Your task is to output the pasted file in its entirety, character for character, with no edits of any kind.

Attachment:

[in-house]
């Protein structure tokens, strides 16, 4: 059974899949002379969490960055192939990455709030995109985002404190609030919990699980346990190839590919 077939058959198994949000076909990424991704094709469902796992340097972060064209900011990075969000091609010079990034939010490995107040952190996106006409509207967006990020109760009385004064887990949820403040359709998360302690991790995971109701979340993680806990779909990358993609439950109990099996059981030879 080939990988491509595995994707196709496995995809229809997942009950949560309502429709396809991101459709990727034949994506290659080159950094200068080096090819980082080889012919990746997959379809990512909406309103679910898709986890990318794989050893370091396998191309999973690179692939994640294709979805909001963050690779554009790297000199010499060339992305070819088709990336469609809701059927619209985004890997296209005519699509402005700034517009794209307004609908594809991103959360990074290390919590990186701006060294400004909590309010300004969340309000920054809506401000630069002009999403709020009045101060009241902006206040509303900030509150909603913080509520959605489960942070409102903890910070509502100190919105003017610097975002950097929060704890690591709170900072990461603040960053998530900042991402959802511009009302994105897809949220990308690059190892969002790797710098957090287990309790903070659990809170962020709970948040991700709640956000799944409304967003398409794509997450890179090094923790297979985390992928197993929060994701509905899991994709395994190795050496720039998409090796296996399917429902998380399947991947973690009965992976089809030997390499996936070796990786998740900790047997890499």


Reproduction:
[in-house]
């Protein structure tokens, strides 16, 4: 059974899949002379969490960055192939990455709030995109985002404190609030919990699980346990190839590919 077939058959198994949000076909990424991704094709469902796992340097972060064209900011990075969000091609010079990034939010490995107040952190996106006409509207967006990020109760009385004064887990949820403040359709998360302690991790995971109701979340993680806990779909990358993609439950109990099996059981030879 080939990988491509595995994707196709496995995809229809997942009950949560309502429709396809991101459709990727034949994506290659080159950094200068080096090819980082080889012919990746997959379809990512909406309103679910898709986890990318794989050893370091396998191309999973690179692939994640294709979805909001963050690779554009790297000199010499060339992305070819088709990336469609809701059927619209985004890997296209005519699509402005700034517009794209307004609908594809991103959360990074290390919590990186701006060294400004909590309010300004969340309000920054809506401000630069002009999403709020009045101060009241902006206040509303900030509150909603913080509520959605489960942070409102903890910070509502100190919105003017610097975002950097929060704890690591709170900072990461603040960053998530900042991402959802511009009302994105897809949220990308690059190892969002790797710098957090287990309790903070659990809170962020709970948040991700709640956000799944409304967003398409794509997450890179090094923790297979985390992928197993929060994701509905899991994709395994190795050496720039998409090796296996399917429902998380399947991947973690009965992976089809030997390499996936070796990786998740900790047997890499």